Artist Boy has been trying to get his friends interested in Dungeons & Dragons for quite a while — years, actually — but he has never really succeeded. That is, they are happy to play, but the gaming is never quite up to Artist Boy’s standards. “The problem is, they spend too much time playing video games,” he complains. “They think the goal is just to have the most powerful character and win all the fights. They haven’t read the right books. They don’t want to solve mysteries or role play. They don’t get it.”
So I gave him some maternal advice. “You should require them to come up with back stories for their characters,” I said. “And then make their back stories relevant to the campaign.” We then had a long discussion of favorite D&D role playing moments.
“Mom,” said Artist Boy plaintively, “will you tell all this stuff to my friends?”
“Um, okay,” said I.
So yesterday I found myself preaching D&D to half a dozen 14yo boys. I actually came up with a backstory for one of them. The conversation went something like this:
Artist Boy: How about you hate all members of a particular race.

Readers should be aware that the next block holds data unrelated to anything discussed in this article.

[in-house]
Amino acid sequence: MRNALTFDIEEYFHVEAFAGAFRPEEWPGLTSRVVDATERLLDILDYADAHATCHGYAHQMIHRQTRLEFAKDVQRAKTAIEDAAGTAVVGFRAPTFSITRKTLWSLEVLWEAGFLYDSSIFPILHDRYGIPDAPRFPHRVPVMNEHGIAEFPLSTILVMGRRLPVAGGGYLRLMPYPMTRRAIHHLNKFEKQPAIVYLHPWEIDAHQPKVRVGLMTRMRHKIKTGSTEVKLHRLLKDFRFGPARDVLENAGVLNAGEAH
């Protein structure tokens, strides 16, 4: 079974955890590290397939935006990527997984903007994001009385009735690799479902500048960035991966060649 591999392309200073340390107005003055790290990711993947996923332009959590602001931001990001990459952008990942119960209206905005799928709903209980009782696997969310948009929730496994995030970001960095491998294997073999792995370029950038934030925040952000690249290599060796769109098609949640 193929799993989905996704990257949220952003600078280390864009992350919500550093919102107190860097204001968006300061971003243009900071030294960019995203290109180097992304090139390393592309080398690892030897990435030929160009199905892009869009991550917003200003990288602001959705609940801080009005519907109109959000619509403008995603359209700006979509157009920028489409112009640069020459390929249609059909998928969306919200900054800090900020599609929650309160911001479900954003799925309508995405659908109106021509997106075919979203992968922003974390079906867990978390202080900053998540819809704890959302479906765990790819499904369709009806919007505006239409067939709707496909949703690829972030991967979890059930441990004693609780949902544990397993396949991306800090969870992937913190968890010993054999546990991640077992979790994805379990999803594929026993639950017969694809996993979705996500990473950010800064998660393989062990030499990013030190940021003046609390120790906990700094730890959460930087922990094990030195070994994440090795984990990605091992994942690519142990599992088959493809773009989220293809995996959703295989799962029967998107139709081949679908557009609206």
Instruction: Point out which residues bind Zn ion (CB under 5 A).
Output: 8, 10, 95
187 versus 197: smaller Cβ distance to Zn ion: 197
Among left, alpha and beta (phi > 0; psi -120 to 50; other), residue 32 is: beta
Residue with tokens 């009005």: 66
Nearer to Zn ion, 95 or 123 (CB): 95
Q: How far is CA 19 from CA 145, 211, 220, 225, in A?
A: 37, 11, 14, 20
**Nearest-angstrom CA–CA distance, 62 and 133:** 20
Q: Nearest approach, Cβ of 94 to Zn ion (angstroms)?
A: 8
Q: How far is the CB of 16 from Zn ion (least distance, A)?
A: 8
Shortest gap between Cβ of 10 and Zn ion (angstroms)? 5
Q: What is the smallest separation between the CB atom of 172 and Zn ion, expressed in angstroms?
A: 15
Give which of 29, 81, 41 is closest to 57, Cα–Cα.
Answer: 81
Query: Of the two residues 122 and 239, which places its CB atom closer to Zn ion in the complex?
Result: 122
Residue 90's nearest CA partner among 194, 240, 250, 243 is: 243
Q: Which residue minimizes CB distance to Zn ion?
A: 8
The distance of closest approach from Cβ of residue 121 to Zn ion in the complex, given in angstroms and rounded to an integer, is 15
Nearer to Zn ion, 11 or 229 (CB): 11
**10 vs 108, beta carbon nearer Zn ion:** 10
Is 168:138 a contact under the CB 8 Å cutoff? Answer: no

Friend: Okay, I hate gnomes.
Me: Why? What’s your grudge?
Friend: Ha ha, they messed up my potato patch.
Me: Potato patch! Perfect! Okay, how’s this? You are a serious potato farmer and the best potato chef for miles around. That means you have to bring an extra pack animal when you go adventuring because you are bringing sacks of potatoes and all your cooking equipment. And every time the party stops for a meal it takes an hour for you to cook it. This will be annoying to the others but you will insist. And you occasionally take detours to search out special cooking herbs and everyone has to wait while you do it. But your potatoes are amazing and anyone who eats them gets +1 to their morale. Or you have a better chance at bluffing them later. Or maybe they regain one hit point. And Artist Boy, you have to make sure there are plenty of gnomes to get in the way.
Later, Artist Boy found me and asked me to come down and explain to his other friend why, as a paladin of Anubis, he should have a mace as his primary weapon and not a bastard sword. I’ll spare you the details on this one, but after five minutes of conversation the friend was totally convinced and super excited about the mace, even though maces are much less powerful than bastard swords.
This morning Artist Boy told me it was his best gaming yet.